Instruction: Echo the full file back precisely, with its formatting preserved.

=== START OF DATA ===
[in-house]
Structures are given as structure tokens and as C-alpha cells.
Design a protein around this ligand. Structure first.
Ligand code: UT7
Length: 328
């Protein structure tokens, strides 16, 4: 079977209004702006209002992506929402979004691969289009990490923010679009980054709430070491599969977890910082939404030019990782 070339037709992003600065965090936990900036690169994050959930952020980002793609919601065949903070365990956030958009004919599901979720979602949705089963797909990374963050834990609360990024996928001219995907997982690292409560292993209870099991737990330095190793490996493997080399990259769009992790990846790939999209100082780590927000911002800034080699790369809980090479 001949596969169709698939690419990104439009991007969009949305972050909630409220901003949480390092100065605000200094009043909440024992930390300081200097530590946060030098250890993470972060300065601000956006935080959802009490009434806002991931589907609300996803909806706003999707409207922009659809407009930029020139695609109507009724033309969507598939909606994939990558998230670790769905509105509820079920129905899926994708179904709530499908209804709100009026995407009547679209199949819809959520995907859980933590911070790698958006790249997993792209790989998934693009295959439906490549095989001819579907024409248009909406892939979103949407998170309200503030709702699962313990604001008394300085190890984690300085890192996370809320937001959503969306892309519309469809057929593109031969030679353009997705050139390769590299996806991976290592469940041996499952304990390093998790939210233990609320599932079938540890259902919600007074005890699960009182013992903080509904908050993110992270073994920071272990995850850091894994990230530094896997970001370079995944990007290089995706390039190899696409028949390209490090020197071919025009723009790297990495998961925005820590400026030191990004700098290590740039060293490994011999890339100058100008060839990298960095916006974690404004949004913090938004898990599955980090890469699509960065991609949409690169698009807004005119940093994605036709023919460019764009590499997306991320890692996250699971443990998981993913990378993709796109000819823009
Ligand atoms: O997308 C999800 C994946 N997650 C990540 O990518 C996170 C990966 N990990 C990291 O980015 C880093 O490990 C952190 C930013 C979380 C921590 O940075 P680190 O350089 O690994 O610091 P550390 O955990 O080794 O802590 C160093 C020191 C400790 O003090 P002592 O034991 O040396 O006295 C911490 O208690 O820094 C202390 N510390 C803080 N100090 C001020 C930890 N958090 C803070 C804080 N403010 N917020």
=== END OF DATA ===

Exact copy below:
[in-house]
Structures are given as structure tokens and as C-alpha cells.
Design a protein around this ligand. Structure first.
Ligand code: UT7
Length: 328
């Protein structure tokens, strides 16, 4: 079977209004702006209002992506929402979004691969289009990490923010679009980054709430070491599969977890910082939404030019990782 070339037709992003600065965090936990900036690169994050959930952020980002793609919601065949903070365990956030958009004919599901979720979602949705089963797909990374963050834990609360990024996928001219995907997982690292409560292993209870099991737990330095190793490996493997080399990259769009992790990846790939999209100082780590927000911002800034080699790369809980090479 001949596969169709698939690419990104439009991007969009949305972050909630409220901003949480390092100065605000200094009043909440024992930390300081200097530590946060030098250890993470972060300065601000956006935080959802009490009434806002991931589907609300996803909806706003999707409207922009659809407009930029020139695609109507009724033309969507598939909606994939990558998230670790769905509105509820079920129905899926994708179904709530499908209804709100009026995407009547679209199949819809959520995907859980933590911070790698958006790249997993792209790989998934693009295959439906490549095989001819579907024409248009909406892939979103949407998170309200503030709702699962313990604001008394300085190890984690300085890192996370809320937001959503969306892309519309469809057929593109031969030679353009997705050139390769590299996806991976290592469940041996499952304990390093998790939210233990609320599932079938540890259902919600007074005890699960009182013992903080509904908050993110992270073994920071272990995850850091894994990230530094896997970001370079995944990007290089995706390039190899696409028949390209490090020197071919025009723009790297990495998961925005820590400026030191990004700098290590740039060293490994011999890339100058100008060839990298960095916006974690404004949004913090938004898990599955980090890469699509960065991609949409690169698009807004005119940093994605036709023919460019764009590499997306991320890692996250699971443990998981993913990378993709796109000819823009
Ligand atoms: O997308 C999800 C994946 N997650 C990540 O990518 C996170 C990966 N990990 C990291 O980015 C880093 O490990 C952190 C930013 C979380 C921590 O940075 P680190 O350089 O690994 O610091 P550390 O955990 O080794 O802590 C160093 C020191 C400790 O003090 P002592 O034991 O040396 O006295 C911490 O208690 O820094 C202390 N510390 C803080 N100090 C001020 C930890 N958090 C803070 C804080 N403010 N917020």